Computerized trading firms, which execute transactions in fractions of a second, account for a negligible share of volume on Singapore Exchange’s cash equities market, according to bourse spokeswoman Loh Wei Ling, while they contribute 30 percent of revenue from derivatives. Singapore Exchange will seek to change that once it introduces safeguards, Chief Executive Officer Magnus Bocker said at a briefing this month.
“We will pursue high-frequency trading once we have circuit breakers and other policies in place,” he said. “That will enhance the liquidity and quality of the Singapore market.”
High-frequency traders facilitate the majority of U.S. equity transactions, where computerized firms have ample opportunity to profit from fleeting price discrepancies because transactions take place on more than 50 venues. Singapore isn’t as fragmented, which keeps computer traders away. Credit Suisse Group AG and Tabb Group LLC said the city’s relatively high trading and clearing fees also deter those firms.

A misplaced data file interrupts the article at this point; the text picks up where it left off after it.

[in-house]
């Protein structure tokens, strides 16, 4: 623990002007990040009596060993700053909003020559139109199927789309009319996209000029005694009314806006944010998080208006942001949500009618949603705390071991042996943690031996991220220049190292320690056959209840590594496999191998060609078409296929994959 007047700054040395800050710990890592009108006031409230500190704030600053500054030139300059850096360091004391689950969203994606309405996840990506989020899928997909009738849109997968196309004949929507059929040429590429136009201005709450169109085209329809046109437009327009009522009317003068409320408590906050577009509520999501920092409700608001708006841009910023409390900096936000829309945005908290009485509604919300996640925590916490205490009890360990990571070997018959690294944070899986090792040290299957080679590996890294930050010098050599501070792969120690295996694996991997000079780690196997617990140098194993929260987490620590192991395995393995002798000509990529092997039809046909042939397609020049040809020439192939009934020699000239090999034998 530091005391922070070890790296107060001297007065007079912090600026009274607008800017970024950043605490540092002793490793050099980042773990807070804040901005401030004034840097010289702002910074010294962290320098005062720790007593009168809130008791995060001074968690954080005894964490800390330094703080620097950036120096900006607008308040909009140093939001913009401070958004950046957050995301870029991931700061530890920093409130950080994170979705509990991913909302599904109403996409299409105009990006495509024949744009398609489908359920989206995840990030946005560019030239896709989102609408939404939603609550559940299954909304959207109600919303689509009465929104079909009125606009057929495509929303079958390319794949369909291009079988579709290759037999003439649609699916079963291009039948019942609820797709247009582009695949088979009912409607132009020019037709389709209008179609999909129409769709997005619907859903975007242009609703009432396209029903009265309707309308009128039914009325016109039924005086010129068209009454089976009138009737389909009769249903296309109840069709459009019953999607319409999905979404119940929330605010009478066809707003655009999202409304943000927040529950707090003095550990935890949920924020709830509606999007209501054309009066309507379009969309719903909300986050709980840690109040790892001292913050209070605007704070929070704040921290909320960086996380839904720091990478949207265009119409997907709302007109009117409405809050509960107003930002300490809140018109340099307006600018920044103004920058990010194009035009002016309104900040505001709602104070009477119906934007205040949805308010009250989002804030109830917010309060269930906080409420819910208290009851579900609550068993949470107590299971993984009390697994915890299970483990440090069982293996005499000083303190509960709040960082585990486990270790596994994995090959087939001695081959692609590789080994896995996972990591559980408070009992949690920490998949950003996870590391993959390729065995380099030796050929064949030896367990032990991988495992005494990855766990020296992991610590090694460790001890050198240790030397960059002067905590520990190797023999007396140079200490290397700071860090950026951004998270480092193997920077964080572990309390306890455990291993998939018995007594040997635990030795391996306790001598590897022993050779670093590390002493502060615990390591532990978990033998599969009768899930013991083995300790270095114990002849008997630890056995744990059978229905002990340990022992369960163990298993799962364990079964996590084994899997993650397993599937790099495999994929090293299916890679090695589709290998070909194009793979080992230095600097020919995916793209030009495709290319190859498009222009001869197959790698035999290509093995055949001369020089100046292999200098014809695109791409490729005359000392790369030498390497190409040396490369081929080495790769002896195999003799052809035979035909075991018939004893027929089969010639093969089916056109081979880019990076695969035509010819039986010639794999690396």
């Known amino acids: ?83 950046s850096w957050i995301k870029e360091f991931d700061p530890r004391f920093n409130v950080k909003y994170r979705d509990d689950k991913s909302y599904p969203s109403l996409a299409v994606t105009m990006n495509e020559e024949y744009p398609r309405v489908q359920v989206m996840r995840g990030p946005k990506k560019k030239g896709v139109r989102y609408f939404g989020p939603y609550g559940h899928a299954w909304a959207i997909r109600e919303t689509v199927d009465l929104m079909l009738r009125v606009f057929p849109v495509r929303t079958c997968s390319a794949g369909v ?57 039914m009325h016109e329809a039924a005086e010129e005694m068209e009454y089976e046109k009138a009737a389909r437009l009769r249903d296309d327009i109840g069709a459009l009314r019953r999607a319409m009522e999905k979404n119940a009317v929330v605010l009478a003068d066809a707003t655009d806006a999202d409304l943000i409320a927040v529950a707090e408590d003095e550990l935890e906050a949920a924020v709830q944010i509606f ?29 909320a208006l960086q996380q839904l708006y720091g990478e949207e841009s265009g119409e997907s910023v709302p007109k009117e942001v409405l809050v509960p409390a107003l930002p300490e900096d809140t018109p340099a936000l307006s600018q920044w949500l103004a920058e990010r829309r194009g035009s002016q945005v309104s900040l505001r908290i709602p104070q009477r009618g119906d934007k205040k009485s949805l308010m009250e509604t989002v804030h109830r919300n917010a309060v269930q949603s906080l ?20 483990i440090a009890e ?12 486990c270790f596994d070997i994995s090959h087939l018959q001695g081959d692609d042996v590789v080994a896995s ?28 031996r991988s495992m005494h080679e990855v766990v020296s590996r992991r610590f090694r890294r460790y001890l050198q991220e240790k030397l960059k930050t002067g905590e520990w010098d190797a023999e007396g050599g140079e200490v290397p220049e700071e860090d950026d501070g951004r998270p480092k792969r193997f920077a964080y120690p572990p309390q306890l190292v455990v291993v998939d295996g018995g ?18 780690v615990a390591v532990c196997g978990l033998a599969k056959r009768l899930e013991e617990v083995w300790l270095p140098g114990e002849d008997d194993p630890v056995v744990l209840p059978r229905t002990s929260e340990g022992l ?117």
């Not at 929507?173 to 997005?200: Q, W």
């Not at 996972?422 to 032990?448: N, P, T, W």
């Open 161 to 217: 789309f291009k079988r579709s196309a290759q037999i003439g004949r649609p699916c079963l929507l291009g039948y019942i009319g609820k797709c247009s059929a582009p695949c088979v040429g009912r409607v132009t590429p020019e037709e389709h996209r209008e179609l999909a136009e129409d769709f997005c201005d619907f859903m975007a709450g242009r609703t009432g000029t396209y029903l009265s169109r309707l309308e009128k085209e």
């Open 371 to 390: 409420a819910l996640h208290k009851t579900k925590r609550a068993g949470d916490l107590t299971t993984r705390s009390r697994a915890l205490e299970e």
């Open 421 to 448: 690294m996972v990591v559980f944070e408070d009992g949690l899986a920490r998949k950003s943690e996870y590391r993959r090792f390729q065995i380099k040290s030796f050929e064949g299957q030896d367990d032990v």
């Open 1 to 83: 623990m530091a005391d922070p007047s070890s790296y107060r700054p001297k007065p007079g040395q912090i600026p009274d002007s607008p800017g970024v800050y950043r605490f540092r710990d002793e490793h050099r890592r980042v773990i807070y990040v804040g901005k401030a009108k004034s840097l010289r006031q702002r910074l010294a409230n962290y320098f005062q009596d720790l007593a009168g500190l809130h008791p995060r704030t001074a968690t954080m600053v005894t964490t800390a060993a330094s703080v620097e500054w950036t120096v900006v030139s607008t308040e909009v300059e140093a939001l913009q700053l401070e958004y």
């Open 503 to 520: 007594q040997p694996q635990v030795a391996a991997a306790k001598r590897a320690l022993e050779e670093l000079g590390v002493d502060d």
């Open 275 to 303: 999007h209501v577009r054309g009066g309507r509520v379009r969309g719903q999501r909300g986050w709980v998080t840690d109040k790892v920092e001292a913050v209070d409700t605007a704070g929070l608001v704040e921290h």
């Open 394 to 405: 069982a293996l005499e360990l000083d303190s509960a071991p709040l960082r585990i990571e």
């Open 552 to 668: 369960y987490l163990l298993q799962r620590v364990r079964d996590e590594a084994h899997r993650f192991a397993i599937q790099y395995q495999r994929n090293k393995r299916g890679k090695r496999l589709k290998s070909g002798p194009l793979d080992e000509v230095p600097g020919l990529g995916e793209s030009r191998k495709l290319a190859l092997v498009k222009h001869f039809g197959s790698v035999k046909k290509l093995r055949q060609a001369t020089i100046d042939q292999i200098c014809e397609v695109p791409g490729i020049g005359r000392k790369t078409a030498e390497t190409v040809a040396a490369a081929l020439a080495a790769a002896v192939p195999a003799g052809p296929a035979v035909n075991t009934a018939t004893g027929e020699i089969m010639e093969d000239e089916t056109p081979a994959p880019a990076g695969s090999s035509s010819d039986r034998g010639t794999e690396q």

Bocker is seeking more business with the daily average value of equity trades down to about S$1.5 billion ($1.2 billion) this year, a 36 percent plunge from 2007, according to datacompiled by Bloomberg. Singapore Exchange’s net income was S$336 million for the fiscal year that ended in June, 20 percent lower than fiscal 2007. SGX climbed as much as 0.7 percent today, before closing 0.4 percent lower at S$7.38.